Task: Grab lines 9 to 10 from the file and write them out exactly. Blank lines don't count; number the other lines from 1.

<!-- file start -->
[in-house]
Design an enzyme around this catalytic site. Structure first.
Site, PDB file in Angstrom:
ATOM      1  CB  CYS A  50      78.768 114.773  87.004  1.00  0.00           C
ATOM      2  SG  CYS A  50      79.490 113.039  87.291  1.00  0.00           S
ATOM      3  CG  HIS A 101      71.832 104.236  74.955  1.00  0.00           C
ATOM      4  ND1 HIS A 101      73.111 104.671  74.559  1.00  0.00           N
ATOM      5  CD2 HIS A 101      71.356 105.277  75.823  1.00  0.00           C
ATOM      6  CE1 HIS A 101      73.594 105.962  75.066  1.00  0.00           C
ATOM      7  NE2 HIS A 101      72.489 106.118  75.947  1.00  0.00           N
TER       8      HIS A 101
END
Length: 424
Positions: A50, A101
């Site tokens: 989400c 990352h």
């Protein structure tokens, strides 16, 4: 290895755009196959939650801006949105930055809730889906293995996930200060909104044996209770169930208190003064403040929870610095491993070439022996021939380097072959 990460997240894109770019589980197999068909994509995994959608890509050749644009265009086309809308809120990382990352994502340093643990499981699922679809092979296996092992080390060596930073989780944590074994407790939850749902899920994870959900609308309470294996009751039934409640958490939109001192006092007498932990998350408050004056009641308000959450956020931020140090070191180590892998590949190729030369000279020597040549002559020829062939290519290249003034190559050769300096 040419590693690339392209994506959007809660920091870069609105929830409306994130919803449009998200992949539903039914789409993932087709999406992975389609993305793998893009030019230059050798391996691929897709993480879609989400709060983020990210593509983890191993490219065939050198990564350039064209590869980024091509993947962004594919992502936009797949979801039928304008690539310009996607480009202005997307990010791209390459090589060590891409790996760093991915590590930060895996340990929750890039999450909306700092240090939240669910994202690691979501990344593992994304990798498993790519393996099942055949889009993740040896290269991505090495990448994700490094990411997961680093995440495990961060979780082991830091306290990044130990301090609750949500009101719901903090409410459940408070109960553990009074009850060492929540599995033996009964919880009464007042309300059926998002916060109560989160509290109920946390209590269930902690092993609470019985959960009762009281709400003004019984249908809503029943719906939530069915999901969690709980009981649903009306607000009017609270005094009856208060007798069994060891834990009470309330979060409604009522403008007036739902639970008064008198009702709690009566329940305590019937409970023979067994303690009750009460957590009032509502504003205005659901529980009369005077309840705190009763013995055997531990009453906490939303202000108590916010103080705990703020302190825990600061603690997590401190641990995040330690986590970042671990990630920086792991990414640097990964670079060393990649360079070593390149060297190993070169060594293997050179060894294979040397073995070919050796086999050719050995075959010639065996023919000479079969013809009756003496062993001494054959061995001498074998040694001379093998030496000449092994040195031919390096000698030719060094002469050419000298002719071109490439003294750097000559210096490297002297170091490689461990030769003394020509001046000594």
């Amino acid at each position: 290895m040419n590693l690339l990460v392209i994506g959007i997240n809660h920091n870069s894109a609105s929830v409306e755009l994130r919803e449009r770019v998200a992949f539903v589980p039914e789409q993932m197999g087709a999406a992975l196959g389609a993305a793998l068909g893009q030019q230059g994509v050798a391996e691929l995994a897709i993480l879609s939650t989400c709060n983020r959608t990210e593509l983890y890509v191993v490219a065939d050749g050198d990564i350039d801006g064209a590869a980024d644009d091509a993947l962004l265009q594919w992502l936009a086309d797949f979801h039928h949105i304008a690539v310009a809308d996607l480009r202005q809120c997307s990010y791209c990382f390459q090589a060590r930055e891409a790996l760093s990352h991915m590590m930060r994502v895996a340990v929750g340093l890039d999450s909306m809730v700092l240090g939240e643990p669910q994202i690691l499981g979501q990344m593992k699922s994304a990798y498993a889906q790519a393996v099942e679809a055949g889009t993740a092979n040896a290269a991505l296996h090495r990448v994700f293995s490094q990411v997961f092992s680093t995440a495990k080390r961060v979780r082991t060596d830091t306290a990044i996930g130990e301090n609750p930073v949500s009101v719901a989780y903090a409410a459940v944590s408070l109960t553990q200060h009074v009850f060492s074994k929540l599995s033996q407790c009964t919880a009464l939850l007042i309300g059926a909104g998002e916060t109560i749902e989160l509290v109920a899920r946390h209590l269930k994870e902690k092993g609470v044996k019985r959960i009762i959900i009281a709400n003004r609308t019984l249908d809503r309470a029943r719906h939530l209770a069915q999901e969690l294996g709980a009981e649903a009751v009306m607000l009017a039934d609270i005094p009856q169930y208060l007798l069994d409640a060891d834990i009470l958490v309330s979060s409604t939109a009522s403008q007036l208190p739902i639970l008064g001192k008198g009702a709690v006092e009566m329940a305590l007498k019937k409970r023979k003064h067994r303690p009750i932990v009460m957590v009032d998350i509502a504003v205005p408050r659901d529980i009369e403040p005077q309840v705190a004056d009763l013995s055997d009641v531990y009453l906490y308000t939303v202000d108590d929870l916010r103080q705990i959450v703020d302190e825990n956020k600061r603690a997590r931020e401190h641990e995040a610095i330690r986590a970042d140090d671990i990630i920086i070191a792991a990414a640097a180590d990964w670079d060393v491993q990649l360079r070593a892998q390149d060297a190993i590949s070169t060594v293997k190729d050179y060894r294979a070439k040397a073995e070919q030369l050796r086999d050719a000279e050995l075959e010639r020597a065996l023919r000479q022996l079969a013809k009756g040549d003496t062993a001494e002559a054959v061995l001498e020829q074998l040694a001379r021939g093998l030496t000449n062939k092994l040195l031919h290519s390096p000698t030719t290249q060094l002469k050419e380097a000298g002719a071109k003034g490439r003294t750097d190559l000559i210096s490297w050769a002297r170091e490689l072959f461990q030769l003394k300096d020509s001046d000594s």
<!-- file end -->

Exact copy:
ATOM      6  CE1 HIS A 101      73.594 105.962  75.066  1.00  0.00           C
ATOM      7  NE2 HIS A 101      72.489 106.118  75.947  1.00  0.00           N